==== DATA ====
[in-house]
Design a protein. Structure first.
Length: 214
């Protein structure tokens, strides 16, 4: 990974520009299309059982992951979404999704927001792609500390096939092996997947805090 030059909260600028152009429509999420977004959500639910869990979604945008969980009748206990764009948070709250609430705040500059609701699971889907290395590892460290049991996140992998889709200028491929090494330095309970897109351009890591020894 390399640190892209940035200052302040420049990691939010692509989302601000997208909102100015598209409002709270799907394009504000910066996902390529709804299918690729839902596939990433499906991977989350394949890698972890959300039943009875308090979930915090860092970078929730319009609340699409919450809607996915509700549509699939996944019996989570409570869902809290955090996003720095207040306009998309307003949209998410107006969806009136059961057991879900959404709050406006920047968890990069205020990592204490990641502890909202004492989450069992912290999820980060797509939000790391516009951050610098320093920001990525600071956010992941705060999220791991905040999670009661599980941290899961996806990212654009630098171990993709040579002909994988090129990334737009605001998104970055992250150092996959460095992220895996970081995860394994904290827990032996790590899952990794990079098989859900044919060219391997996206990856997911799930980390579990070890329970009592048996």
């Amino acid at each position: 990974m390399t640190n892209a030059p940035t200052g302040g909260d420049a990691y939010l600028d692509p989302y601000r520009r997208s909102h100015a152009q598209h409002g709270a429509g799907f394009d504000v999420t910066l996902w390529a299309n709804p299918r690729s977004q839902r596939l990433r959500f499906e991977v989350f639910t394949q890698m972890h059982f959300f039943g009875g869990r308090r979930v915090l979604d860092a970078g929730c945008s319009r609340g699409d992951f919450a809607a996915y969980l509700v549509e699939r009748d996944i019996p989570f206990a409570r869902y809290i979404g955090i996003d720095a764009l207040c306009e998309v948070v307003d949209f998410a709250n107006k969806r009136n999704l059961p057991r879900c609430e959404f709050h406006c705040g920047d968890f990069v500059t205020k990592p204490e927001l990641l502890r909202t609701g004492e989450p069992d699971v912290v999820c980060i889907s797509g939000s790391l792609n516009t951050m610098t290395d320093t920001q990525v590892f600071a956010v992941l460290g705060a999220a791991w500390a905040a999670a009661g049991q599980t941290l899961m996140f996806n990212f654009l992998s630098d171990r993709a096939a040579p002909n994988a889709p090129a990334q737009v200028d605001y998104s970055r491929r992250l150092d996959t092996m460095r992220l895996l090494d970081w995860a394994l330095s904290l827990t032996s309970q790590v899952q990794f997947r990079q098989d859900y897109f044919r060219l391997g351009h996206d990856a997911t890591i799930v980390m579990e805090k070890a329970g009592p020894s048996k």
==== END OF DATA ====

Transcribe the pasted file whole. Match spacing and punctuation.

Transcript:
[in-house]
Design a protein. Structure first.
Length: 214
């Protein structure tokens, strides 16, 4: 990974520009299309059982992951979404999704927001792609500390096939092996997947805090 030059909260600028152009429509999420977004959500639910869990979604945008969980009748206990764009948070709250609430705040500059609701699971889907290395590892460290049991996140992998889709200028491929090494330095309970897109351009890591020894 390399640190892209940035200052302040420049990691939010692509989302601000997208909102100015598209409002709270799907394009504000910066996902390529709804299918690729839902596939990433499906991977989350394949890698972890959300039943009875308090979930915090860092970078929730319009609340699409919450809607996915509700549509699939996944019996989570409570869902809290955090996003720095207040306009998309307003949209998410107006969806009136059961057991879900959404709050406006920047968890990069205020990592204490990641502890909202004492989450069992912290999820980060797509939000790391516009951050610098320093920001990525600071956010992941705060999220791991905040999670009661599980941290899961996806990212654009630098171990993709040579002909994988090129990334737009605001998104970055992250150092996959460095992220895996970081995860394994904290827990032996790590899952990794990079098989859900044919060219391997996206990856997911799930980390579990070890329970009592048996």
């Amino acid at each position: 990974m390399t640190n892209a030059p940035t200052g302040g909260d420049a990691y939010l600028d692509p989302y601000r520009r997208s909102h100015a152009q598209h409002g709270a429509g799907f394009d504000v999420t910066l996902w390529a299309n709804p299918r690729s977004q839902r596939l990433r959500f499906e991977v989350f639910t394949q890698m972890h059982f959300f039943g009875g869990r308090r979930v915090l979604d860092a970078g929730c945008s319009r609340g699409d992951f919450a809607a996915y969980l509700v549509e699939r009748d996944i019996p989570f206990a409570r869902y809290i979404g955090i996003d720095a764009l207040c306009e998309v948070v307003d949209f998410a709250n107006k969806r009136n999704l059961p057991r879900c609430e959404f709050h406006c705040g920047d968890f990069v500059t205020k990592p204490e927001l990641l502890r909202t609701g004492e989450p069992d699971v912290v999820c980060i889907s797509g939000s790391l792609n516009t951050m610098t290395d320093t920001q990525v590892f600071a956010v992941l460290g705060a999220a791991w500390a905040a999670a009661g049991q599980t941290l899961m996140f996806n990212f654009l992998s630098d171990r993709a096939a040579p002909n994988a889709p090129a990334q737009v200028d605001y998104s970055r491929r992250l150092d996959t092996m460095r992220l895996l090494d970081w995860a394994l330095s904290l827990t032996s309970q790590v899952q990794f997947r990079q098989d859900y897109f044919r060219l391997g351009h996206d990856a997911t890591i799930v980390m579990e805090k070890a329970g009592p020894s048996k």